In one embodiment of the present invention, the urea-formaldehyde resin is a commercially available material, such as, for example, GP2997 supplied by Georgia Pacific Resins, Inc.; Dynea 246 from Dynea Co.; and Borden FG 486D from Borden Chemical Inc. Other commercial formaldehyde resins may include PR-913-23, supplied by Borden Chemical, Inc. As will be apparent to those of ordinary skill in the art, other commercially or non-commercially available binders may be used without departing from the scope and spirit of the present invention.

The resinous fiber binder may contain methylol groups which, upon curing, form methylene or ether linkages. These methylols may include, for example, N,N′-dimethylol; dihydroxymethylolethylene; N,N′-bis (methoxymethyl), N,N′-dimethylol-propylene; 5,5-dimethyl-N, N′-dimethylolpropylene; N, N′-dimethylolethylene; N, N′-dimethylolethylene and the like.

The fiber binder and the binder modifier are adapted to be compatible. The components may be intimately admixed in an aqueous medium to form a stable emulsion which may not become overly gummy, or gel, even after storage for periods of 24 hours or longer. This may be advantageous in practical commercial use of the composition. It is contemplated that individual aqueous mixtures for binder and modifier may be used in embodiments of the present invention.

In one embodiment of the present invention, the fibers comprise glass fibers. The glass fibers may comprise individual fiber filaments having an average length in the range of, but not limited to, from about 1/4 inch to about 3 inches, and an average diameter in the range of, but not limited to, from about 5 to about 50 micrometers (μm). It is contemplated, however, that the glass fibers may be in another form, such as, for example, a continuous strand or strands. In an alternative embodiment of the present invention, the fibers may comprise other fibers, including, but not limited to, wood, polyethylene, polyester, nylon, polyacrylonitrile, and/or a mixture of glass and one or more other fibers. In one embodiment, the fiber mat may further comprise a small amount of filler, e.g. less than about 0.5%, based on the fiber weight. A fiber mixture may be optional for construction material application, such as, for example, roofing and siding, because excessive amounts of filler may reduce porosity and vapor ventability of the fiber mat.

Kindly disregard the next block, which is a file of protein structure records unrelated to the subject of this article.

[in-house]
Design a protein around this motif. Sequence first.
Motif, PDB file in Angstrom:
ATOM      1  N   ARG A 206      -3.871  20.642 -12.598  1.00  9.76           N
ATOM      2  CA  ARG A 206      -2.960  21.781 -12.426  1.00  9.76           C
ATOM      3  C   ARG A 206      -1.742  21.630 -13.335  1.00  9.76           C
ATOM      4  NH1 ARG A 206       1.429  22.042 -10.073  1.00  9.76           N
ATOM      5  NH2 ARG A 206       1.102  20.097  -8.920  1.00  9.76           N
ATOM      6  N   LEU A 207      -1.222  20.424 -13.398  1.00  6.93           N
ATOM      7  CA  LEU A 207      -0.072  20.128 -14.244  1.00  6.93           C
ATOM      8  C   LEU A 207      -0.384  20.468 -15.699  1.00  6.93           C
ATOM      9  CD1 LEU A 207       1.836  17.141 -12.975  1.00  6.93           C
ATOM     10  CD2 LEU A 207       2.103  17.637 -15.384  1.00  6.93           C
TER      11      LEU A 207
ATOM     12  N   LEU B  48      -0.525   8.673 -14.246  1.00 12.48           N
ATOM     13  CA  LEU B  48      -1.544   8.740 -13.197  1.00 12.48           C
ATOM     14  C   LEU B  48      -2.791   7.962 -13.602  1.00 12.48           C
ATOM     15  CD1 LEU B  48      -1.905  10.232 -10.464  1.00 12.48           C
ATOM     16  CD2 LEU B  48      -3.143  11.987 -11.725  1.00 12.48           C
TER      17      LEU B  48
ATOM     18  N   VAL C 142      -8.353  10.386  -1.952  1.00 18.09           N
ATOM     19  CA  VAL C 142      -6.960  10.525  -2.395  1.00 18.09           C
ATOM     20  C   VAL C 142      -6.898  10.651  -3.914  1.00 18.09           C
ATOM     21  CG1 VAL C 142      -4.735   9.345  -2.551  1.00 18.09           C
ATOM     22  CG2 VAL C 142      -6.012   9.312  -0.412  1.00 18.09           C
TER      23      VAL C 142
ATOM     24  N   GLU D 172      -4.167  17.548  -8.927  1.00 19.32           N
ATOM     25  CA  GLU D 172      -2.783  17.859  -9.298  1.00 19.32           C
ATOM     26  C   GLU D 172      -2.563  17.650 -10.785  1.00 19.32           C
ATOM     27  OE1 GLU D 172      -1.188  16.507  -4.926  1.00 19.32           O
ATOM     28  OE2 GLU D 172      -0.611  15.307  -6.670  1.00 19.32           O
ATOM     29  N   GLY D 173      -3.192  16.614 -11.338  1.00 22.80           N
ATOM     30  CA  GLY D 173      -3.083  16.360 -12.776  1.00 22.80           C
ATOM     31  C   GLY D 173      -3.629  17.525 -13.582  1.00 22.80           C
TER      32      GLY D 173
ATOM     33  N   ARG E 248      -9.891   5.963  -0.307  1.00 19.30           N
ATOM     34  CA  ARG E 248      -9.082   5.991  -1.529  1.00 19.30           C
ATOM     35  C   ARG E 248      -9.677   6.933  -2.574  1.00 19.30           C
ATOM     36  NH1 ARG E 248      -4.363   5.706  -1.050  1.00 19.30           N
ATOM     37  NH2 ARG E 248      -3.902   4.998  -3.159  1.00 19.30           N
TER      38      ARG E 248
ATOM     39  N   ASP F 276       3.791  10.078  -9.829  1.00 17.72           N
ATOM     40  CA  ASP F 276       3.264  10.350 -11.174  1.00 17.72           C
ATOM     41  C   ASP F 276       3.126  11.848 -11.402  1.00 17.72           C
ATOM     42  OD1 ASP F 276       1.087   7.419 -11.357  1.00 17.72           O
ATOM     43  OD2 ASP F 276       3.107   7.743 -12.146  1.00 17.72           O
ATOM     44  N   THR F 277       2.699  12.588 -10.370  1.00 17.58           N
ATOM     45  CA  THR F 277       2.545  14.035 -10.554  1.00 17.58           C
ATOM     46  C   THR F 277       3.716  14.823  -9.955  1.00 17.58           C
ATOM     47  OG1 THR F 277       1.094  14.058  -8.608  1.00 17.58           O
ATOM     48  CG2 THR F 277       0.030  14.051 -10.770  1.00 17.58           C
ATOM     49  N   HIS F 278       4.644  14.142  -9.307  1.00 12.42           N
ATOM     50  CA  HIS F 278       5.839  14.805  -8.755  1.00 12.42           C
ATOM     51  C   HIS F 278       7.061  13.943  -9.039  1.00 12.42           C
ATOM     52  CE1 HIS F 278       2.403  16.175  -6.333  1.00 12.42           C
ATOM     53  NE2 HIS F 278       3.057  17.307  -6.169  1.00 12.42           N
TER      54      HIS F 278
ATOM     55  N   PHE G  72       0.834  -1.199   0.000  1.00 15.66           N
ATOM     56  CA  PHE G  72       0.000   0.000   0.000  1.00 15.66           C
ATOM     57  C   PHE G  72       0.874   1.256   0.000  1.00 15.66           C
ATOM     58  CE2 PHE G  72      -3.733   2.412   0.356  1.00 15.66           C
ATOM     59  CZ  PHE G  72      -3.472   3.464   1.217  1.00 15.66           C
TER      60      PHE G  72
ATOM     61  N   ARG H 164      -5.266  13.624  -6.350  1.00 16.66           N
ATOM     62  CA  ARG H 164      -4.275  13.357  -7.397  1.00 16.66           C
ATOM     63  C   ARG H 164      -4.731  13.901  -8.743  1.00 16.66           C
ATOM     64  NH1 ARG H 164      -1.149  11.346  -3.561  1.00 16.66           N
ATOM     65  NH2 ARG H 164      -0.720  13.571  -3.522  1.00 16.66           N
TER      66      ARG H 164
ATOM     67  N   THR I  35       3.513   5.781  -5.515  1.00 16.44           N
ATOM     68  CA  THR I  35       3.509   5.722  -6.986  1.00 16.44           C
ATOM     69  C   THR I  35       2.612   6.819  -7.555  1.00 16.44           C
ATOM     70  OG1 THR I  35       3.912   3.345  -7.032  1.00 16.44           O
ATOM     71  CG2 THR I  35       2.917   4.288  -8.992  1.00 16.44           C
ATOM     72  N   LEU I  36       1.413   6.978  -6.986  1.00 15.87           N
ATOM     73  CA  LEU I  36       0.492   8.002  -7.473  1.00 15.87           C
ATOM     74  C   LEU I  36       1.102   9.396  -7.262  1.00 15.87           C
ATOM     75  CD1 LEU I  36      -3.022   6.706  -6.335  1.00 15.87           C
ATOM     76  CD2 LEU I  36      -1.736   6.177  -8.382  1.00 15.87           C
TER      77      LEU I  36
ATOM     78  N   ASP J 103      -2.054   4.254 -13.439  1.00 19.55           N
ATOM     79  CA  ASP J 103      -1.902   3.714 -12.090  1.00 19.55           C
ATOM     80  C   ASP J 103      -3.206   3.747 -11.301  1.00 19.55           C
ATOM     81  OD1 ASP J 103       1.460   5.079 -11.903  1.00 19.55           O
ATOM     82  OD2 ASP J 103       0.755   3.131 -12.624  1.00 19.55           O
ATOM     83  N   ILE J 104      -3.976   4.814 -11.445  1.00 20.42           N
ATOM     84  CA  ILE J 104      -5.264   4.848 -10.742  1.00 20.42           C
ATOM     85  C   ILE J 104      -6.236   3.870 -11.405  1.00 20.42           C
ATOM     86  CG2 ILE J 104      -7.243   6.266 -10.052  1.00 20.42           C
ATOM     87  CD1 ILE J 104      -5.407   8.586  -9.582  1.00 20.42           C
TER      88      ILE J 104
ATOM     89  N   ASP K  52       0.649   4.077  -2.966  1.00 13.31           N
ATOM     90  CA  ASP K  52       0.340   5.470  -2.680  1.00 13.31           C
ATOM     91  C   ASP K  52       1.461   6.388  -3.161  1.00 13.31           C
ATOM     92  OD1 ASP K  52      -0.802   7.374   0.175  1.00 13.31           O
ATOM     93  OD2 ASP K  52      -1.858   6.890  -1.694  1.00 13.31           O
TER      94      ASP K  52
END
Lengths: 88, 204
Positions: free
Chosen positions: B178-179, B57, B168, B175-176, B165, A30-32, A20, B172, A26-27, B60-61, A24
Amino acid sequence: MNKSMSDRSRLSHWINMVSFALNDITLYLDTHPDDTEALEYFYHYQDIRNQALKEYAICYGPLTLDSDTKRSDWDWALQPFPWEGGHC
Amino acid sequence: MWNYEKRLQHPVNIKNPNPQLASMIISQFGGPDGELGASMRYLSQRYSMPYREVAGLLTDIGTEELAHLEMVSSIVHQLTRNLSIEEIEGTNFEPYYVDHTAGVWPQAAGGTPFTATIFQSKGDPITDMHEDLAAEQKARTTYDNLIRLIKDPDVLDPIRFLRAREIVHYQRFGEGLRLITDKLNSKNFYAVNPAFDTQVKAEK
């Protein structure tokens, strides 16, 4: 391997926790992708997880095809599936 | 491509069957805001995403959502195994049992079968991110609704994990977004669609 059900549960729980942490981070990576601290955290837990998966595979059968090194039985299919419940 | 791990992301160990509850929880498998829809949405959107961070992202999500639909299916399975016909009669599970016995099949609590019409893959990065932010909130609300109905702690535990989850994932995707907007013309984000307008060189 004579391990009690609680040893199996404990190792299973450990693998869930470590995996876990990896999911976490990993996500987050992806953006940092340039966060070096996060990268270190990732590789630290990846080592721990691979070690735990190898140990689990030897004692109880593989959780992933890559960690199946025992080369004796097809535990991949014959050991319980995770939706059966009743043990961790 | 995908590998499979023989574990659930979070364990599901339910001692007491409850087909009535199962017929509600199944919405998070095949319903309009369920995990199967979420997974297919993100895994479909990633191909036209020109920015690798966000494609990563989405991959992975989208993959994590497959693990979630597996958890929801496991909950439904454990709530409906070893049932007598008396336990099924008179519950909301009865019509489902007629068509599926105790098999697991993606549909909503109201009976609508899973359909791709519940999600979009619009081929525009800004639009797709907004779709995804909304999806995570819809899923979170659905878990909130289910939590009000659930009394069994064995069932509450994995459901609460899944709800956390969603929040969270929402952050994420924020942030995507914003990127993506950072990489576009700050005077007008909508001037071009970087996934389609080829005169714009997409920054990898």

In the finished cured mat product, the fiber content may be in the range of from about 55 wt. % to about 98 wt. %. In one embodiment of the present invention, the fiber content is more particularly in the range of from about 66 wt. % and about 88 wt. %. The binder modifier content may be in the range of from about 0.05 wt. % to about 45 wt. %. In one embodiment of the present invention, the binder modifier content is more particularly in the range of from about 15 wt. % to about 30 wt. %.